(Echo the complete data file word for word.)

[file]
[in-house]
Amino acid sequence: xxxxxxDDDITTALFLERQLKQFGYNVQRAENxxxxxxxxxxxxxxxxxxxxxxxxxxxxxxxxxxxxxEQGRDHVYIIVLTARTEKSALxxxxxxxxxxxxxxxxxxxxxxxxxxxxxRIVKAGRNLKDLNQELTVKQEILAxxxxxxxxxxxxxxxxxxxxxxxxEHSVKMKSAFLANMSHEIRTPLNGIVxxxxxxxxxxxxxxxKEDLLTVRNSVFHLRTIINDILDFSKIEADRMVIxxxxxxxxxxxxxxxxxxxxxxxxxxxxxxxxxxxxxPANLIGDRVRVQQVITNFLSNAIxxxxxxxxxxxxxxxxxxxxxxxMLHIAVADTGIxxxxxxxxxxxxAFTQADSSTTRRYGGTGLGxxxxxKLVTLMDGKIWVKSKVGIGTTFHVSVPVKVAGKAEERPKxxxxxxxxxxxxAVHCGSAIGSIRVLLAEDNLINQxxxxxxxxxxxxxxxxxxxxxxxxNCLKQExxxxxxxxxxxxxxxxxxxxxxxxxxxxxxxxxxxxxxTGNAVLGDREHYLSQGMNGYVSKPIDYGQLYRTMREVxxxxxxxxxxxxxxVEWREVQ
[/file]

[in-house]
Amino acid sequence: xxxxxxDDDITTALFLERQLKQFGYNVQRAENxxxxxxxxxxxxxxxxxxxxxxxxxxxxxxxxxxxxxEQGRDHVYIIVLTARTEKSALxxxxxxxxxxxxxxxxxxxxxxxxxxxxxRIVKAGRNLKDLNQELTVKQEILAxxxxxxxxxxxxxxxxxxxxxxxxEHSVKMKSAFLANMSHEIRTPLNGIVxxxxxxxxxxxxxxxKEDLLTVRNSVFHLRTIINDILDFSKIEADRMVIxxxxxxxxxxxxxxxxxxxxxxxxxxxxxxxxxxxxxPANLIGDRVRVQQVITNFLSNAIxxxxxxxxxxxxxxxxxxxxxxxMLHIAVADTGIxxxxxxxxxxxxAFTQADSSTTRRYGGTGLGxxxxxKLVTLMDGKIWVKSKVGIGTTFHVSVPVKVAGKAEERPKxxxxxxxxxxxxAVHCGSAIGSIRVLLAEDNLINQxxxxxxxxxxxxxxxxxxxxxxxxNCLKQExxxxxxxxxxxxxxxxxxxxxxxxxxxxxxxxxxxxxxTGNAVLGDREHYLSQGMNGYVSKPIDYGQLYRTMREVxxxxxxxxxxxxxxVEWREVQ